My stomach had not been pleased with me after all the plane food, and the jet lag was kicking in a bit too. The best description of it was like a wave, you’d be at the top and feel great, then suddenly you’d come crashing down and find you’d zoned out for the last ten minutes and had no idea what was going on, before heading back up again. Another top tip that I found for this was to actually use the breaks. It might be tempting to sit down and relax, but if you get up, go to the loo or get some water which they hand out between sessions, you feel better. I also made sure I took my complementary room water with me to the session so that I drank enough throughout the day.
The workshops on the first day ranged from formal introductions to various CLAIR staff members, Team Teaching demos by current JETS and JTES, Professionalism and Manners and more. We also got fed lunch which I don’t remember being too exciting but it was at least plentiful. Most irritatingly for the UK JETs was the lack of tea as there was only coffee on offer after the meal.
Once the day was over we had a short time to relax which we used to head back up to the room to drop off our paperwork from the day before heading down to the Welcome Reception. This was an event where we could meet other people heading to our prefectures, eat and drink. I met a lot of people but the most memorable part for me was probably the sweep I did of all the long tables to try and clear up any remaining puddings! The chiffon cake was delicious and I wanted all of it. Much to Sophie’s annoyance I also managed to snag a brownie despite her trawling around the hall looking for them. We then headed back up to our room to change again and headed out into Tokyo with a selection of UK JETs to do some karaoke. #sleepisfortheweak
Day Two started bright and early with breakfast at 7:30ish. We were pros at this buffet lark so for me it was straight to the melon plate and the tea! I think I may have also had chips for breakfast on Day Two. I needed the salt..
Day Two comprised of classes from the British Council on how to teach various aspects of English. Most of the classes were interactive which was nice, but it was easy to drift off as most of us were still pretty jet lagged.
After the main workshops we were released to our prefectures where we met our PAs (Prefectural Advisors) for the first time. It was scary and exciting all at once to meet people you’d been emailing from the other side of the world. Luckily the Kumamoto PAs are very nice people who seemed to understand how shell shocked we all were and made sure to give us all the information in paper form (and cookies!). We were gently given the news we’d have to leave the hotel early in the morning so I had to be eating breakfast at 7am. I just counted my lucky stars I wasn’t in the group who had to leave at 6:30 and have a special restaurant opened for them! I think that might have been Sendai. After we were instructed, we had some photos taken and we were dismissed. The PAs were heading out to dinner with anyone who wanted to join them, but UK JETs had an invite to the British Embassy and how often do you get to go to the British Embassy for a reception? Well I mean we’d been twice in the last two weeks but that’s a bit unusual!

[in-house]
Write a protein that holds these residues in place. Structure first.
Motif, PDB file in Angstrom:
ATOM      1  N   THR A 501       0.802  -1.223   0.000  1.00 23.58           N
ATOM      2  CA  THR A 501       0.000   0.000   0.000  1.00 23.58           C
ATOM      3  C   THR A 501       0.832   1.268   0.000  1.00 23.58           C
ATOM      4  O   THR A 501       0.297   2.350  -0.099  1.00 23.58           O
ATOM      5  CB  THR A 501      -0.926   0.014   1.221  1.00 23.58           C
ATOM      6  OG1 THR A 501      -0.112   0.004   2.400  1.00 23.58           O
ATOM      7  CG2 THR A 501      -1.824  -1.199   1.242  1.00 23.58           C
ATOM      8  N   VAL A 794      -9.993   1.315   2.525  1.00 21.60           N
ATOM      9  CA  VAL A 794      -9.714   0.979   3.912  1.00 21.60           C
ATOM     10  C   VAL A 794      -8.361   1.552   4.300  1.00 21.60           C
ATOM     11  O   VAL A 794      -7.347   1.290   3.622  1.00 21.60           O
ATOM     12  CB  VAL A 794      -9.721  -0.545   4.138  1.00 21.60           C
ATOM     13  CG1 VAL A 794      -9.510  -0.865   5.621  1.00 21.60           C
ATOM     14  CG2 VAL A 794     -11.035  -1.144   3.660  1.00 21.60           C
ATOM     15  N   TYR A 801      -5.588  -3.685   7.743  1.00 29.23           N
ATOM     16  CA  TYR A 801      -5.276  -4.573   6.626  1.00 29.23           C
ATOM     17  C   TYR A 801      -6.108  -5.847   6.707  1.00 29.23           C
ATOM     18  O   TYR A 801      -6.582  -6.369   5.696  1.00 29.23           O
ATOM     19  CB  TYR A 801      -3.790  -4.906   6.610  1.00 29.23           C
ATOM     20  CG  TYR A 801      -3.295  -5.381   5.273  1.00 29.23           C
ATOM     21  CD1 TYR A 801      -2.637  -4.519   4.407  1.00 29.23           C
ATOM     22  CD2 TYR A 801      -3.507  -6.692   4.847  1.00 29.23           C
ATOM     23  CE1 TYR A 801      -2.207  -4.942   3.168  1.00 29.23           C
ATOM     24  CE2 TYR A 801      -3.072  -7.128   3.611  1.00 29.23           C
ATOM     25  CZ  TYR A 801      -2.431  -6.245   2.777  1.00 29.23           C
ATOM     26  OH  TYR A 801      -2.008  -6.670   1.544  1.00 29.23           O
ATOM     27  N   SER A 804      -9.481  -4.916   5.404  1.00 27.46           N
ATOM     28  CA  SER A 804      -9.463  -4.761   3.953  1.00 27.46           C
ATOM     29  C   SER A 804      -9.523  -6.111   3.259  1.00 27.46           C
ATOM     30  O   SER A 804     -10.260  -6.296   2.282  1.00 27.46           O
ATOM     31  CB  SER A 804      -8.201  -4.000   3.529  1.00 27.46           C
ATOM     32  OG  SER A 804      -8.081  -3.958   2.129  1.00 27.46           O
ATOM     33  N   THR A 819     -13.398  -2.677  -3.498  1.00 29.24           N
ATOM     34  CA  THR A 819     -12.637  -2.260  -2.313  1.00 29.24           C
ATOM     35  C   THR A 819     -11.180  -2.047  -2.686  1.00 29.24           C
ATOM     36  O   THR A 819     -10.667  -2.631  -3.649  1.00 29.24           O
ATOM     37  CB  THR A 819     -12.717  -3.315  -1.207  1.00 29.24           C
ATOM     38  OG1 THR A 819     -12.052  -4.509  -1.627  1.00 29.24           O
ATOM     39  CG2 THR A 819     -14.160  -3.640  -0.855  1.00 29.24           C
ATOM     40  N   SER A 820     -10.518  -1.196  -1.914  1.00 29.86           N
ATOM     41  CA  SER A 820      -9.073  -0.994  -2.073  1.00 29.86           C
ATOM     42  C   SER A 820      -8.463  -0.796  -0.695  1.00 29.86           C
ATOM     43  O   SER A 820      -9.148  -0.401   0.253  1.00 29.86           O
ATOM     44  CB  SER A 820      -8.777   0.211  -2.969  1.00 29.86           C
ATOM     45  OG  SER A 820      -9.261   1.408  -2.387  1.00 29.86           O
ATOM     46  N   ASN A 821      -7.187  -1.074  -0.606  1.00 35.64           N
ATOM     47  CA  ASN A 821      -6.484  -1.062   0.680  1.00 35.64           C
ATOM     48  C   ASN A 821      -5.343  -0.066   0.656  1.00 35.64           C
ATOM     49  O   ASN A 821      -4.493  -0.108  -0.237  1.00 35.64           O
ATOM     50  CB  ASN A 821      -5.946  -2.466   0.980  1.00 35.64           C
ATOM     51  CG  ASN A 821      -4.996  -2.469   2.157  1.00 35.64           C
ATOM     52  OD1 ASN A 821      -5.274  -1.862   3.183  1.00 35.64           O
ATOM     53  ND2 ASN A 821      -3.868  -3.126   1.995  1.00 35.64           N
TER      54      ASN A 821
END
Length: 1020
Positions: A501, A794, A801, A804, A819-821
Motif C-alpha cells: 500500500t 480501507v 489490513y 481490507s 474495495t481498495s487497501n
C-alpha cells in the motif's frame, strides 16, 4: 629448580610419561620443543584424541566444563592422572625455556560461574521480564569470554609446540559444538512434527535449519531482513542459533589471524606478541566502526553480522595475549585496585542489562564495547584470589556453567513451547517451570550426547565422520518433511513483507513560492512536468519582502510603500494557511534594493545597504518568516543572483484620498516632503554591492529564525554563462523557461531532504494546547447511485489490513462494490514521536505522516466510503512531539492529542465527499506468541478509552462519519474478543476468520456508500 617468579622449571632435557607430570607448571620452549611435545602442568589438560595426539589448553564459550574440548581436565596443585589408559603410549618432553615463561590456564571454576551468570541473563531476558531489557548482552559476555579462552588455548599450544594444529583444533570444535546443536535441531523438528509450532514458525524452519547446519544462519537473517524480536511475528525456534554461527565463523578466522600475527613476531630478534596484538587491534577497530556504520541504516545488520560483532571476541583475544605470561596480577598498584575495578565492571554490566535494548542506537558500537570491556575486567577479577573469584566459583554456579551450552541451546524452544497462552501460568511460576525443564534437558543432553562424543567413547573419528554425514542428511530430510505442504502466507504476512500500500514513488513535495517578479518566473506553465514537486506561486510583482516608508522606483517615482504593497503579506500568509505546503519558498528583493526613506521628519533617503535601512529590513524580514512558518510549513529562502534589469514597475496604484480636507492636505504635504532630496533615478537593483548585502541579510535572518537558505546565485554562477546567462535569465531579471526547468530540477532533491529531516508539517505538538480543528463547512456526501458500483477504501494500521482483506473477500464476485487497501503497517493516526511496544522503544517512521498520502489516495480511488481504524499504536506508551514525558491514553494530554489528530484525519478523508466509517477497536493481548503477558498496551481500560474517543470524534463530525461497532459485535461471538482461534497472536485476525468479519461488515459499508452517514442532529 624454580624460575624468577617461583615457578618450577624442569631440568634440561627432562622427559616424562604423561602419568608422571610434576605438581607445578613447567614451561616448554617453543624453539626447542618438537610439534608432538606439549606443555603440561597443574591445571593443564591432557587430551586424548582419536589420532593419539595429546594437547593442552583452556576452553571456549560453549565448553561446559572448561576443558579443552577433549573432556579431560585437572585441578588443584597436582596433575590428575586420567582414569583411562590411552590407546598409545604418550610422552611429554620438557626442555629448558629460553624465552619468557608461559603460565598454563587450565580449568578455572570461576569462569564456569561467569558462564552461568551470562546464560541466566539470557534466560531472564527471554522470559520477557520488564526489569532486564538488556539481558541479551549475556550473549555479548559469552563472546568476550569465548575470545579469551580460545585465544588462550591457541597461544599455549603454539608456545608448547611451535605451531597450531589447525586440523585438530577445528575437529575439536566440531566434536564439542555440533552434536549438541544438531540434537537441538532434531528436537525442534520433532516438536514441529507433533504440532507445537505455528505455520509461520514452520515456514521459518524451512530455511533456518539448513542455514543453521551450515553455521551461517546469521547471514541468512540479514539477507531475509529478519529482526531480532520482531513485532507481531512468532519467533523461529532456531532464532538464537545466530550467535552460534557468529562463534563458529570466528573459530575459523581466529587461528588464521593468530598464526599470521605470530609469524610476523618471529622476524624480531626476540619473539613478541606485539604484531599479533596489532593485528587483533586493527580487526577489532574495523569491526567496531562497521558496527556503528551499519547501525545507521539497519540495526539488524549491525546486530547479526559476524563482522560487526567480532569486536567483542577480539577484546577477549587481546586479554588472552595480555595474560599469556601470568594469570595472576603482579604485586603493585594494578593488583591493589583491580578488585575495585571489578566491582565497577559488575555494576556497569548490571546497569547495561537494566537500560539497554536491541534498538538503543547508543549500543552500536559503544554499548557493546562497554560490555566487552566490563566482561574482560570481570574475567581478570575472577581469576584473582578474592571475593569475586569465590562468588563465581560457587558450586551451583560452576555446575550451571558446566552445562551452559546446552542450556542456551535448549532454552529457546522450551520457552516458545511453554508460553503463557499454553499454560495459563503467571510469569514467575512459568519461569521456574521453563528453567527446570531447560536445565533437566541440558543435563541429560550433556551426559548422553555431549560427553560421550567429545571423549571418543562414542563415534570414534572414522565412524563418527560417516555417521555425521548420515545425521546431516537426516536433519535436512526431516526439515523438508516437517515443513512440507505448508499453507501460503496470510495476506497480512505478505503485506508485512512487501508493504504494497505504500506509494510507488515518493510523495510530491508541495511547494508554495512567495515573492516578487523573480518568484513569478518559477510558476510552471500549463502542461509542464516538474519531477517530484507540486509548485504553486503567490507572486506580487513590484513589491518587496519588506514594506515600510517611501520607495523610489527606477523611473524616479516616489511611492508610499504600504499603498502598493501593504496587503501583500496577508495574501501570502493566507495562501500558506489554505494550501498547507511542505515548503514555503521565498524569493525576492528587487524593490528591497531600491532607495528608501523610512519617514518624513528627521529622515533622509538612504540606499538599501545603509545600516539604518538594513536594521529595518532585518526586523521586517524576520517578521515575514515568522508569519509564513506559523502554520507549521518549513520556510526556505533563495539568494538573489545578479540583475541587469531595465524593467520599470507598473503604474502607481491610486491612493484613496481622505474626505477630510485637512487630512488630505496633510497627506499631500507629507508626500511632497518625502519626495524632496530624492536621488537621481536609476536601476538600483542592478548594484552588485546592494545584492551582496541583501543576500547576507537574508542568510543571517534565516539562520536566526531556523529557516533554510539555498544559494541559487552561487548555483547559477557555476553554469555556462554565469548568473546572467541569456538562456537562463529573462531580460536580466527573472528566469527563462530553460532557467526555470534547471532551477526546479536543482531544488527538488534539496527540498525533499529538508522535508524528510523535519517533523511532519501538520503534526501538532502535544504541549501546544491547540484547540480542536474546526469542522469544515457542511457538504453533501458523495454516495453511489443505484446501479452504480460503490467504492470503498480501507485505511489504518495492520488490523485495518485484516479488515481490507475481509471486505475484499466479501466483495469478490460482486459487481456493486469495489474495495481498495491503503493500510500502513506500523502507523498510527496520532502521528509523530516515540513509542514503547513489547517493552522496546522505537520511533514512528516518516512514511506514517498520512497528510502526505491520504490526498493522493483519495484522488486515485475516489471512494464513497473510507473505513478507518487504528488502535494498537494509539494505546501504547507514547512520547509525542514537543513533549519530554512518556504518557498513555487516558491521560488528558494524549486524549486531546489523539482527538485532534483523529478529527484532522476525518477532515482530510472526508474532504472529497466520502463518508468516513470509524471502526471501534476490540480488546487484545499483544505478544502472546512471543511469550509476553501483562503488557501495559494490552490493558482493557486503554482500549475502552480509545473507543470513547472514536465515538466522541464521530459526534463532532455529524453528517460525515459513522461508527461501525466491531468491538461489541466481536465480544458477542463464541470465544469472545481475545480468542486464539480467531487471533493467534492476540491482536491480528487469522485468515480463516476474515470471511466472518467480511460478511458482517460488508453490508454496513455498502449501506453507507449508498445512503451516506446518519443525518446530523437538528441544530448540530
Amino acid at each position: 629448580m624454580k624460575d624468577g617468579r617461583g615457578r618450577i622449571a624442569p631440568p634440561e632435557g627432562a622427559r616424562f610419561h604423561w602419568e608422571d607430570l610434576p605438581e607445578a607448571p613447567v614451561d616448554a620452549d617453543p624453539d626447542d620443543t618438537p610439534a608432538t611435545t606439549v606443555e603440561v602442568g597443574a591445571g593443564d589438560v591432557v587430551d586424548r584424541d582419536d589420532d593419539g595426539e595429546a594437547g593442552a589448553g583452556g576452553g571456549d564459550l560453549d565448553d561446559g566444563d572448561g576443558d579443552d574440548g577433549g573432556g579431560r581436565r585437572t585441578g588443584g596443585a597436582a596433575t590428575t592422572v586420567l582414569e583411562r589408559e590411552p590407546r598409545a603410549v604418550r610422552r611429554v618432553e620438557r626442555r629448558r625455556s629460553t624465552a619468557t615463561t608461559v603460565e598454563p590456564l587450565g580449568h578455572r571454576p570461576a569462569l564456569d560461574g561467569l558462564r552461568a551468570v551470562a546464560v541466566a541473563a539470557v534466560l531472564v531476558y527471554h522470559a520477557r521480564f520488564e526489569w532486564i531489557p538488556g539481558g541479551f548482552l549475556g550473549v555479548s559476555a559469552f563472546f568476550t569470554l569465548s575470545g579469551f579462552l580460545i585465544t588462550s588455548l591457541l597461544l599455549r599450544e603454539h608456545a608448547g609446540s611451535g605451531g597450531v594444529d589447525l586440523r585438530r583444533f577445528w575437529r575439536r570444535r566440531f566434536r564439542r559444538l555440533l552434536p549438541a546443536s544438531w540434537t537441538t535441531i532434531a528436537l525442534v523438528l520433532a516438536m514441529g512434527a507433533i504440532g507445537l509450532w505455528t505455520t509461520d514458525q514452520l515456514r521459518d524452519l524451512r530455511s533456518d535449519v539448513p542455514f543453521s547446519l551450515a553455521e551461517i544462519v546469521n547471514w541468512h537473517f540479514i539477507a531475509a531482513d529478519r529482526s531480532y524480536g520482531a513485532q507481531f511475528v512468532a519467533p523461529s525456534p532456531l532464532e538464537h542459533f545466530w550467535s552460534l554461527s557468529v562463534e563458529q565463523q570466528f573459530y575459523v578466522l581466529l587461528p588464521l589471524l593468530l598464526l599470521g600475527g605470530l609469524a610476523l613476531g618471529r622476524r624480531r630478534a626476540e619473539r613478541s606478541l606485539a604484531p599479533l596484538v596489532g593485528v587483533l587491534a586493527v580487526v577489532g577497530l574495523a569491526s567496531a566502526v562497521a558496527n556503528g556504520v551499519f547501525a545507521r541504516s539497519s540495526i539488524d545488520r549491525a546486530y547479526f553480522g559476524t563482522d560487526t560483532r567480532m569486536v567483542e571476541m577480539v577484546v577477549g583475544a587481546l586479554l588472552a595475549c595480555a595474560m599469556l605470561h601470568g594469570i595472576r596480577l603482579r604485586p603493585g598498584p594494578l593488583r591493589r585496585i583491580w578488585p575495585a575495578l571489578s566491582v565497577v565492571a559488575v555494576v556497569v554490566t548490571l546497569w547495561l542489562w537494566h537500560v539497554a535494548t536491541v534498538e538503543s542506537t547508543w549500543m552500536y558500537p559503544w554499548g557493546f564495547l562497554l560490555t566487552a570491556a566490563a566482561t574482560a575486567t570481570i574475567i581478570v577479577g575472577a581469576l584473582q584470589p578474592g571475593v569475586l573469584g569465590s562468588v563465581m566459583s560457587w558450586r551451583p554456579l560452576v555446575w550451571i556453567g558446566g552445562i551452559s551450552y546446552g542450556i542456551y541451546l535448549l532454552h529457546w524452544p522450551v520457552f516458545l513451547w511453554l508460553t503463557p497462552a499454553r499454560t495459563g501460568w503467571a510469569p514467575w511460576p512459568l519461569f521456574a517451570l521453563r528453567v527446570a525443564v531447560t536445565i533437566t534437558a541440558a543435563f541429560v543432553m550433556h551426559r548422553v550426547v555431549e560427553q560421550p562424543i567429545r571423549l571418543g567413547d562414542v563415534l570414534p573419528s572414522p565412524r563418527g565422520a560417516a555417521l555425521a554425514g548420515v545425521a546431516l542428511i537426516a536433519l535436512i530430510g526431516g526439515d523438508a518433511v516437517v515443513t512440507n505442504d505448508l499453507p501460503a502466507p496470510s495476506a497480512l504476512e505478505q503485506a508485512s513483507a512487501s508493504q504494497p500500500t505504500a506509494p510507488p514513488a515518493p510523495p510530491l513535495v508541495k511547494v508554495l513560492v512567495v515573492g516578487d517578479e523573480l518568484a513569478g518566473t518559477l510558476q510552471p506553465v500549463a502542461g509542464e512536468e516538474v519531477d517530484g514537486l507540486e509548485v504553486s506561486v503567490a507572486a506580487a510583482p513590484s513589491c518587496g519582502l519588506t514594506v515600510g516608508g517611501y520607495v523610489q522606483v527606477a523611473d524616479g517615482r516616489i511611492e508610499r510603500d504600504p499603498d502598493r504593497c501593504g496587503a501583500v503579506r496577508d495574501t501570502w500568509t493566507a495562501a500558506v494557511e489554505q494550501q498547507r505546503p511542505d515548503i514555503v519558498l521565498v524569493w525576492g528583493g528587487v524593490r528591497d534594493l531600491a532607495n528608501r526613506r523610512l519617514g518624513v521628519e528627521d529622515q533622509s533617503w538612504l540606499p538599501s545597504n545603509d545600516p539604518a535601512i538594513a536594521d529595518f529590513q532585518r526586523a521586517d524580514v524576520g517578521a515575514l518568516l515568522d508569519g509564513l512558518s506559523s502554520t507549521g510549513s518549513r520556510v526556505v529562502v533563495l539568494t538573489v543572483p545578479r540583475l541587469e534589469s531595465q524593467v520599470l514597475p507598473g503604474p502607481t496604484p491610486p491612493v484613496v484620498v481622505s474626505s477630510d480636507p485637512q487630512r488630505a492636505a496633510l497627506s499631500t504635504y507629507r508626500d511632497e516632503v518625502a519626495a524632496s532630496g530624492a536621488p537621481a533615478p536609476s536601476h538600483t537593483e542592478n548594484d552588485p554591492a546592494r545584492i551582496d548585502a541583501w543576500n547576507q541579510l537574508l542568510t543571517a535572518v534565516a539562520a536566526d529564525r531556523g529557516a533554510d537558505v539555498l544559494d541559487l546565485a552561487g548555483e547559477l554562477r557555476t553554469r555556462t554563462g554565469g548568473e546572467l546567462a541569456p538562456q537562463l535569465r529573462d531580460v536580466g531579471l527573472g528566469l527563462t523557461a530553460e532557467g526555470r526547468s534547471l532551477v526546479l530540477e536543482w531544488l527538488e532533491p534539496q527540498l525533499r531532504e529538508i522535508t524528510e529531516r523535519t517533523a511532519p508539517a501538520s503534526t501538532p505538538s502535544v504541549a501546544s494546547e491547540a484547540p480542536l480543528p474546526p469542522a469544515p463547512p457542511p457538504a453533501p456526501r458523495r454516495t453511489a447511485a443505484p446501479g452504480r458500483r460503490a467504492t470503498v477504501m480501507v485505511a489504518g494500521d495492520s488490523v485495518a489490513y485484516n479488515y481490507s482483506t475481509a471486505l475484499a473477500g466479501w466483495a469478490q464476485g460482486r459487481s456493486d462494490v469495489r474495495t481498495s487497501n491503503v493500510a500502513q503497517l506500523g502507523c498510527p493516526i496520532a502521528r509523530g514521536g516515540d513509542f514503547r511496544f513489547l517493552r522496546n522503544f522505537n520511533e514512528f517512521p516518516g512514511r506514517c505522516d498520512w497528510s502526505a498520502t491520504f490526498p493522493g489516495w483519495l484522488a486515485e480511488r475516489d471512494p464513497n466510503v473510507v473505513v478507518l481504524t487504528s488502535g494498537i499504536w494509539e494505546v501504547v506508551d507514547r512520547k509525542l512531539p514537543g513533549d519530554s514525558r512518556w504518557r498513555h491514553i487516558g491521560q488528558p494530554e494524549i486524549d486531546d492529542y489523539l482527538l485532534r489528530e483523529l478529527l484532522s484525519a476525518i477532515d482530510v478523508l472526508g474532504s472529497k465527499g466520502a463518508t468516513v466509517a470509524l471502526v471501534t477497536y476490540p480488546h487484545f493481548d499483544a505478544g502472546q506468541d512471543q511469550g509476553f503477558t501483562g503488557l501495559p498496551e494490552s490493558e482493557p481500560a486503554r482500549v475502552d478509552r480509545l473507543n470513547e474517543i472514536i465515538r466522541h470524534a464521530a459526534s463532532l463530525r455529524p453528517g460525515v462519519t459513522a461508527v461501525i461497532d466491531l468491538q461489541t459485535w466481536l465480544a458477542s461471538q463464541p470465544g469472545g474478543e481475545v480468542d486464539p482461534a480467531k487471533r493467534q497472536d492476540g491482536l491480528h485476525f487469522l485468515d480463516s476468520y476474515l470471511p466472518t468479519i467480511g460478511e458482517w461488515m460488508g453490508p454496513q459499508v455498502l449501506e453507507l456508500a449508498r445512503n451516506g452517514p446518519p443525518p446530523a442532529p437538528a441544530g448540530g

We headed off to get changed and met back up in the lobby of the hotel with the other UK JETs who were going. Tokyo then decided to really help us out and absolutely chucked it down with rain. We were going to use the metro but just getting to the metro had most of us totally soaked! Luckily the Embassy is really close to the station, so we scurried in and were able to dry off with the help of some wine.
The reception was interesting, we had presentations on various things and the Ambassador spoke to us. We also had a display of taiko drumming from the Embassy taiko team, and we were fed which is always a bonus. When the reception was over we then headed back to the hotel and I started to pack as I had to be up super early the next morning.